Local pediatrician weighs in on in-person schooling
ANCHORAGE, Alaska (KTUU) - It’s a question on the minds of many parents, teachers and staff: should children be returning to school in-person this year?
The American Academy of Pediatrics has said it “strongly advocates that all policy considerations for the coming school year should start with a goal of having students physically present in school.”
Many pediatricians in Alaska agree. Dr. Pati Clay, a pediatrician with the Southcentral Foundation says evidence shows children do not appear to be at higher risk for COVID-19 than adults. And added that the benefits of getting students back into the classroom outweigh the risks.
“What we have seen over the past several months is that there are a lot of harms in terms of keeping kids at home, one is social isolation, another is increased risk of abuse in their home, another would be decreased physical activity, and finally lack of reliable meals. And so what we are seeing is our most vulnerable population, those are kids with special needs, kids living in poverty are really suffering,” Dr. Clay said.
According to the CDC’s guidelines, the risk of COVID-19 spread increases in school settings as follows:
- Lowest Risk: Students and teachers engage in virtual-only classes, activities, and events.
- More Risk: Small, in-person classes, activities, and events. Groups of students stay together and with the same teacher throughout/across school days and groups do not mix. Students remain at least 6 feet apart and do not share objects (e.g., hybrid virtual and in-person class structures, or staggered/rotated scheduling to accommodate smaller class sizes).
- Highest Risk: Full sized, in-person classes, activities, and events. Students are not spaced apart, share classroom materials or supplies, and mix between classes and activities.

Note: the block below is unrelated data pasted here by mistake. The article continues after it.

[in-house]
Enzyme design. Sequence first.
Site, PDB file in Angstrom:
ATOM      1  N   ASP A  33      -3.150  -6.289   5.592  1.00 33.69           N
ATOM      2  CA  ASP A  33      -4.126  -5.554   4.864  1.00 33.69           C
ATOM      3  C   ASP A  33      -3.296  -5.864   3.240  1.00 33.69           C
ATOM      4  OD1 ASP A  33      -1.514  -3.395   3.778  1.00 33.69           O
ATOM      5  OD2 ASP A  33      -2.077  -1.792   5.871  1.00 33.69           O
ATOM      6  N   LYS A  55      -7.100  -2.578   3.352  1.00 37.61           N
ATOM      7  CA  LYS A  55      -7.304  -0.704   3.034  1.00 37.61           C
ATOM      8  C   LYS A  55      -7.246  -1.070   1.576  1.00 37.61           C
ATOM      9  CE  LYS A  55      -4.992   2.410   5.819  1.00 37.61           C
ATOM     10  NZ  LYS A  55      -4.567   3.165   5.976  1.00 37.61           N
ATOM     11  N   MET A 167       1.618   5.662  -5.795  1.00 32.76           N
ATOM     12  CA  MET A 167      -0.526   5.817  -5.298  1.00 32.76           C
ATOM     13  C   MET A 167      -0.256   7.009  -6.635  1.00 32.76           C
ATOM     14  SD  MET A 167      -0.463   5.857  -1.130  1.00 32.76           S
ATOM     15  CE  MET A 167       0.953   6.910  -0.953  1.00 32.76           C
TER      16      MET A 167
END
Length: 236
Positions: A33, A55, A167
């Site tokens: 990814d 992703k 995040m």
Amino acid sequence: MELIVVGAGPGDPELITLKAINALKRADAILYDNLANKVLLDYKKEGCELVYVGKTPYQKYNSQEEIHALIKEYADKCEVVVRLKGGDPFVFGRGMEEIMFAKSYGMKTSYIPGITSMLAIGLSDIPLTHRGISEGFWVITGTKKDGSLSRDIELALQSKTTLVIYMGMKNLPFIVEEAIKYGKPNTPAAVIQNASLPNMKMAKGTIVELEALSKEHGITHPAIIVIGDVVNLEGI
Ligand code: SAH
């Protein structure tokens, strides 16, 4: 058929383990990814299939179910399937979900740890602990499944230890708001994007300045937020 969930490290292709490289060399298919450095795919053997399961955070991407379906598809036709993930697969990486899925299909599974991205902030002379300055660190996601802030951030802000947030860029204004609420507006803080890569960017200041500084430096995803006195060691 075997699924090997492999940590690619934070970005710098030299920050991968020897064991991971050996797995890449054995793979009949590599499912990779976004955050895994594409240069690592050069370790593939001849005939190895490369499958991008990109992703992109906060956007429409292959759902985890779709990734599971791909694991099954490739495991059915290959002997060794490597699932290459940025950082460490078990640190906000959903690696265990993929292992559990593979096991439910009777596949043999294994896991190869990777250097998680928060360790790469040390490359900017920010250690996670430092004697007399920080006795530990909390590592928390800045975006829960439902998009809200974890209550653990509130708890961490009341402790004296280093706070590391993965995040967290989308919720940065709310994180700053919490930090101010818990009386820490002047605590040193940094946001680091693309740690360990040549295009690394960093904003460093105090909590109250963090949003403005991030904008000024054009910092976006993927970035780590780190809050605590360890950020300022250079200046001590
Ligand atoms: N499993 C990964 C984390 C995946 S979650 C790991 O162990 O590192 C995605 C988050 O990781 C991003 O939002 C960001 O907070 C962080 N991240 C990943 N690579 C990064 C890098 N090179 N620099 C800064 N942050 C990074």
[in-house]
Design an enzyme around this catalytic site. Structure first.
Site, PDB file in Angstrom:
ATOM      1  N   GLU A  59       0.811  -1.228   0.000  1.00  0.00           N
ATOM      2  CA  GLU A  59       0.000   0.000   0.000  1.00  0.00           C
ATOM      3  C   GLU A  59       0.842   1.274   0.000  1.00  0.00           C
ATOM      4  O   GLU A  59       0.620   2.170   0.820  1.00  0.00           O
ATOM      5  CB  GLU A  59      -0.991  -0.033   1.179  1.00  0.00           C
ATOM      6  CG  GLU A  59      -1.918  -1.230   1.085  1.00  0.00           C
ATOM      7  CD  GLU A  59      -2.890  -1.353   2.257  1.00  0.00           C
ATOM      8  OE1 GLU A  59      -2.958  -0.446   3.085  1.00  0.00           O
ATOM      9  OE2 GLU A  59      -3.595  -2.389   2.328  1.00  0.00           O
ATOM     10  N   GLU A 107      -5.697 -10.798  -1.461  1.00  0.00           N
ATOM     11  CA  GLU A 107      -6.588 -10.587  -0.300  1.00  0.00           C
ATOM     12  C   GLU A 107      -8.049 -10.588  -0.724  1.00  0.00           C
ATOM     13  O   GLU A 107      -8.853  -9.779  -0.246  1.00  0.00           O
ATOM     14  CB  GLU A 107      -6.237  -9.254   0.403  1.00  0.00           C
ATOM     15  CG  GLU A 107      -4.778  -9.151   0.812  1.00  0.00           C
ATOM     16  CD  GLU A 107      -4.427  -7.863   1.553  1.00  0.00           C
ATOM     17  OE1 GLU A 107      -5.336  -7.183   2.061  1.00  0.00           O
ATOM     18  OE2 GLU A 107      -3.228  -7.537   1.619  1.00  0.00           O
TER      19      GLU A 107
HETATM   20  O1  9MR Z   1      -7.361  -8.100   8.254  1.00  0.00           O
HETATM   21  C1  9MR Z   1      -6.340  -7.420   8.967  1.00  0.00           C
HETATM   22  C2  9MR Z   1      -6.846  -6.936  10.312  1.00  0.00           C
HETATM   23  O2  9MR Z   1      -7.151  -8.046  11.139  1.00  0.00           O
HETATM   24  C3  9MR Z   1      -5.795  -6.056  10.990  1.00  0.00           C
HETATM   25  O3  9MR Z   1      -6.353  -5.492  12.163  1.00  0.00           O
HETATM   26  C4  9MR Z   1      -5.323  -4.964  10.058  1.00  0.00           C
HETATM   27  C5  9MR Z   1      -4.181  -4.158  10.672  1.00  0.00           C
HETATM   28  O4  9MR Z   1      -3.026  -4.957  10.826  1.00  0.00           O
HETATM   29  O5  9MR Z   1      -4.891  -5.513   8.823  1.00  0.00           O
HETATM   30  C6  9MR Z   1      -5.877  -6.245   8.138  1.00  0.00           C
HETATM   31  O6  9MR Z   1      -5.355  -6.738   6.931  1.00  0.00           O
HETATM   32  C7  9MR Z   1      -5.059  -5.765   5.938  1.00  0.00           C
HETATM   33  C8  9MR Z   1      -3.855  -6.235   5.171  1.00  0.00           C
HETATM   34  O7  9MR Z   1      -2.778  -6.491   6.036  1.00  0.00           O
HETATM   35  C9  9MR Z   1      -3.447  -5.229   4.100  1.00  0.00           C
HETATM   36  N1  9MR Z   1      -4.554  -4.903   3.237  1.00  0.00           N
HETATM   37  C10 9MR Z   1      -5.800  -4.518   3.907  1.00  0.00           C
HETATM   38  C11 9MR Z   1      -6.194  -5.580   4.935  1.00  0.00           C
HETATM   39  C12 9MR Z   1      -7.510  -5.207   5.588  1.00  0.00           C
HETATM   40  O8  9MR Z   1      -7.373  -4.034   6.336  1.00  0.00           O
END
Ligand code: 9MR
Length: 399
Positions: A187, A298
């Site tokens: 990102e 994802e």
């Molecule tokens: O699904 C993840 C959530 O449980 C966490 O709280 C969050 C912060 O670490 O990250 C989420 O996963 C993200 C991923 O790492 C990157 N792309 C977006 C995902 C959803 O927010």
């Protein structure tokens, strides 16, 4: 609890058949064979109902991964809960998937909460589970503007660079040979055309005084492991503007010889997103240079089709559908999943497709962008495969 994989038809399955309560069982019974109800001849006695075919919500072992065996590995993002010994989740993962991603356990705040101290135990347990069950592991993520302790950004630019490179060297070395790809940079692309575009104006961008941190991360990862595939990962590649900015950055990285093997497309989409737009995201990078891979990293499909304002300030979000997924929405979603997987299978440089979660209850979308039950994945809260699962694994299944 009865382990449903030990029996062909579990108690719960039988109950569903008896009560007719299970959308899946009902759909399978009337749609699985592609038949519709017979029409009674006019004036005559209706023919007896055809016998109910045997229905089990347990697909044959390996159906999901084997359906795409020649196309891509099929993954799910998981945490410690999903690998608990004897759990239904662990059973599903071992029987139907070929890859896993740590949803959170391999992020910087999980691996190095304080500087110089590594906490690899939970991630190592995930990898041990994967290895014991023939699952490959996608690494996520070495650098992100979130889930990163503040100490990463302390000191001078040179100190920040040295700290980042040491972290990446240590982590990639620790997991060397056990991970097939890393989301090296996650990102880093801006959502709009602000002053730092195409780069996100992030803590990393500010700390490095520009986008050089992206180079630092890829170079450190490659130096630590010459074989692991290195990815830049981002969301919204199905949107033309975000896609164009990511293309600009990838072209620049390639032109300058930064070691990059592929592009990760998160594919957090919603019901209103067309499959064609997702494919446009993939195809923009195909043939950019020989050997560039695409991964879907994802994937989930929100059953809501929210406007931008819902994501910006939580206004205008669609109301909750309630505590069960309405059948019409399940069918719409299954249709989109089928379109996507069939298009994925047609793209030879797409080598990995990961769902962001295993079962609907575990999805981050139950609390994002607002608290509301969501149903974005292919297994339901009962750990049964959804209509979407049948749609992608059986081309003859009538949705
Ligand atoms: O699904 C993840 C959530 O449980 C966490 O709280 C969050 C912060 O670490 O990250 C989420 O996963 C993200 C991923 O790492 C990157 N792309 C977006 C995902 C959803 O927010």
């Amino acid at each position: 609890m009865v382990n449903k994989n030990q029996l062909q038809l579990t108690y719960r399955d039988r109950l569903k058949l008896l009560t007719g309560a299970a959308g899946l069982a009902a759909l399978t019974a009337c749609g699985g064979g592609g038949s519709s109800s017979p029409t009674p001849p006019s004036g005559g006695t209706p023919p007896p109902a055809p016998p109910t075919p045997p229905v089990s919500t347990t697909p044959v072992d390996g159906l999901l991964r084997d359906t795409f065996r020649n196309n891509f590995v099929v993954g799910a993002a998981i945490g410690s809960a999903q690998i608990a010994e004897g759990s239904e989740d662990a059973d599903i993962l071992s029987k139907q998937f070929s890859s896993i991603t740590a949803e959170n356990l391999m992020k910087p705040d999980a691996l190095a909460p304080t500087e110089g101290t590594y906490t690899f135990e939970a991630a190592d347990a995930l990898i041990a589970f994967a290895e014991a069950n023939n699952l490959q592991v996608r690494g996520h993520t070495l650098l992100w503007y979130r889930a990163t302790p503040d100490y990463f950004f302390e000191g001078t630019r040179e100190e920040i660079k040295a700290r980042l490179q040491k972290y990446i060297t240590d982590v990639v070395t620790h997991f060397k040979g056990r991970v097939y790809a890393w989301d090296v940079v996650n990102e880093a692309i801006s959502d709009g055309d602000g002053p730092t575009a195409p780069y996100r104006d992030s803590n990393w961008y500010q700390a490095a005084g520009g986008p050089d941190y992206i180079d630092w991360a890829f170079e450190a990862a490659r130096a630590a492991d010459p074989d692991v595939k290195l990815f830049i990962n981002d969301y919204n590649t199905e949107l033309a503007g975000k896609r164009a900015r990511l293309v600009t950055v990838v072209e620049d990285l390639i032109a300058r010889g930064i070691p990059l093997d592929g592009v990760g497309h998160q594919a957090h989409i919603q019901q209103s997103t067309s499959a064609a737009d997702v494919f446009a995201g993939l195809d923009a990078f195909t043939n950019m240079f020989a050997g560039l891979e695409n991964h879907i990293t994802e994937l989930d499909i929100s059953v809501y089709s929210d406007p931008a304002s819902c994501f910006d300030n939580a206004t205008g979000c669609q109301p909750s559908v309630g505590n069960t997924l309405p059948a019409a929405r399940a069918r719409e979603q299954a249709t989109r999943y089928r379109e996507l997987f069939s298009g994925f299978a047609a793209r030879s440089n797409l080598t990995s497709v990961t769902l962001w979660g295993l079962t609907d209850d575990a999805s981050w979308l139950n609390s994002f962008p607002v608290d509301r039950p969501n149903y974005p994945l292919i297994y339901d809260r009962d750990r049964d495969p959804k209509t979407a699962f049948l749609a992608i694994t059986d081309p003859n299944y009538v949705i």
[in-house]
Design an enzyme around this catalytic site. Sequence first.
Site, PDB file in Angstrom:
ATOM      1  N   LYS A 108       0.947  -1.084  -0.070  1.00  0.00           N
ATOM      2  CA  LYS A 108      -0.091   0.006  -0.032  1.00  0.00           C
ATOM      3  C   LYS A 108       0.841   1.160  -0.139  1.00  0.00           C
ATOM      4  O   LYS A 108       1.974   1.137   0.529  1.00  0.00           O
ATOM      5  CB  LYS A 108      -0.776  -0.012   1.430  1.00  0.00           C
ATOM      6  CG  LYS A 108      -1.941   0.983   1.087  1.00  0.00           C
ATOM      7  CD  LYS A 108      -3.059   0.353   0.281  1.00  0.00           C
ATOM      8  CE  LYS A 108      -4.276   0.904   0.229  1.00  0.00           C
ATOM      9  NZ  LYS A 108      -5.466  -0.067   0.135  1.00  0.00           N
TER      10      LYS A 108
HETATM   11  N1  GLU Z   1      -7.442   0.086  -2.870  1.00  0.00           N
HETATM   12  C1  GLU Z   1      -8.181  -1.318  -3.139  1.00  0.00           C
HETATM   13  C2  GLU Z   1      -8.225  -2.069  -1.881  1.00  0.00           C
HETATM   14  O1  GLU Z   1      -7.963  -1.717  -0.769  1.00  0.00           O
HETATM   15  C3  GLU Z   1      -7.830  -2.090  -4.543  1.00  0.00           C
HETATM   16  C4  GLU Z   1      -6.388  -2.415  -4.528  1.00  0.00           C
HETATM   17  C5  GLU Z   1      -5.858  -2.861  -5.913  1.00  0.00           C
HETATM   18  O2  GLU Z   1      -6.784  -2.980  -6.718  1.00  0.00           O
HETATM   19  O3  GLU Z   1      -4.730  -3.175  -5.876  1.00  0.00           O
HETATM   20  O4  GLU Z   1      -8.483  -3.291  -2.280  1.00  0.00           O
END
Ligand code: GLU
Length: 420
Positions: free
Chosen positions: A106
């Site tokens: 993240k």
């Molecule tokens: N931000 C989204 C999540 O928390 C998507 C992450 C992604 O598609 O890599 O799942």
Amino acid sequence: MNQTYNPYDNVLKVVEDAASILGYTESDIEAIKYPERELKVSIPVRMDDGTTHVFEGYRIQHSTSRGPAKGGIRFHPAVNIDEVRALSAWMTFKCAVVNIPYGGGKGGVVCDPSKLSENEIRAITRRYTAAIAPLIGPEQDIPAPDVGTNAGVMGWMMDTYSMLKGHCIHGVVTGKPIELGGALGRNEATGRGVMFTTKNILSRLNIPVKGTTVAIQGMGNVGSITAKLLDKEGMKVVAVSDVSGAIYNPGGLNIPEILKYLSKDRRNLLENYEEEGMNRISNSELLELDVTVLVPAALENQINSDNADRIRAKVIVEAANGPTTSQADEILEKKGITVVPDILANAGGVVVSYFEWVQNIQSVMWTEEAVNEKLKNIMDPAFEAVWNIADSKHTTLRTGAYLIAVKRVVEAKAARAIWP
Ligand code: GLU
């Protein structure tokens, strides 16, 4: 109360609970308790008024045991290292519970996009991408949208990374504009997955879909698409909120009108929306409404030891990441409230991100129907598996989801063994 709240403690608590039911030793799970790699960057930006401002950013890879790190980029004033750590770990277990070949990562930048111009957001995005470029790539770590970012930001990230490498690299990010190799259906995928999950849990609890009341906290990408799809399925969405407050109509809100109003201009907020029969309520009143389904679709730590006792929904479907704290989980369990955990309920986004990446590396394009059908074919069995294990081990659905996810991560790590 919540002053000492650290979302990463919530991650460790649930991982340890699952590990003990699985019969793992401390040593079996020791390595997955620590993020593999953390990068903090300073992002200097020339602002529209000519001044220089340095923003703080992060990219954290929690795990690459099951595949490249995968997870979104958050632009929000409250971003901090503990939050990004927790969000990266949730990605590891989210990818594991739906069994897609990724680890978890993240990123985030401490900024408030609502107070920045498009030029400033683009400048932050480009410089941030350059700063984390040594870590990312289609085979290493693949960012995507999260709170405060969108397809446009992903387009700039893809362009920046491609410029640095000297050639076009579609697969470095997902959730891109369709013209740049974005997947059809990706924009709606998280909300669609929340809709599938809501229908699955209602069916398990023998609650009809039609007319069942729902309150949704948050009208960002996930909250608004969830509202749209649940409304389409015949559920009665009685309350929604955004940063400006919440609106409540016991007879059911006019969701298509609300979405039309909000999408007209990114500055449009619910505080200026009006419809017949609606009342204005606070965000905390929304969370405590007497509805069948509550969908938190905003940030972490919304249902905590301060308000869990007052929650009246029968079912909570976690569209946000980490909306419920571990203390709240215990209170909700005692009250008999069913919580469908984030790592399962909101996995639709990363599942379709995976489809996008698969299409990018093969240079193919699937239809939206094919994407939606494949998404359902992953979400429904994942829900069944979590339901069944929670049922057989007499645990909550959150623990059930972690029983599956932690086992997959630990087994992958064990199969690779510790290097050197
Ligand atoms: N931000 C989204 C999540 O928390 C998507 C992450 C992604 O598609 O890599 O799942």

Dr. Clay says schools should prioritize in-person classes if it’s safe to do so. The Anchorage School District is proposing to have fewer classroom days and shorter hours.
“We are all going to have to be really flexible over the school year, those numbers and days back are going to change constantly, I think it’s a moving target,” she said.
The American Academy of Pediatrics says returning to school is important for the healthy development and well-being of children but should be done carefully to protect the health of all students, teachers and staff.
“Local school leaders, public health experts, educators and parents must be at the center of decisions about how and when to reopen schools, taking into account the spread of COVID-19 in their communities and the capacities of school districts to adapt safety protocols to make in-person learning safe and feasible. For instance, schools in areas with high levels of COVID-19 community spread should not be compelled to reopen against the judgment of local experts. A one-size-fits-all approach is not appropriate for return to school decisions,” Dr. Sally Goza, president of AAP said.
There are also several things that parents can do to prepare their children for the upcoming school year.
“Mask wearing is one, two would be really talking to your kids about the importance of hand washing, hand sanitizing, and trying not to touch their friends or their peers which is challenging, and number three, I think as well is to really work with the school on identifying when your child should stay home,” she said.
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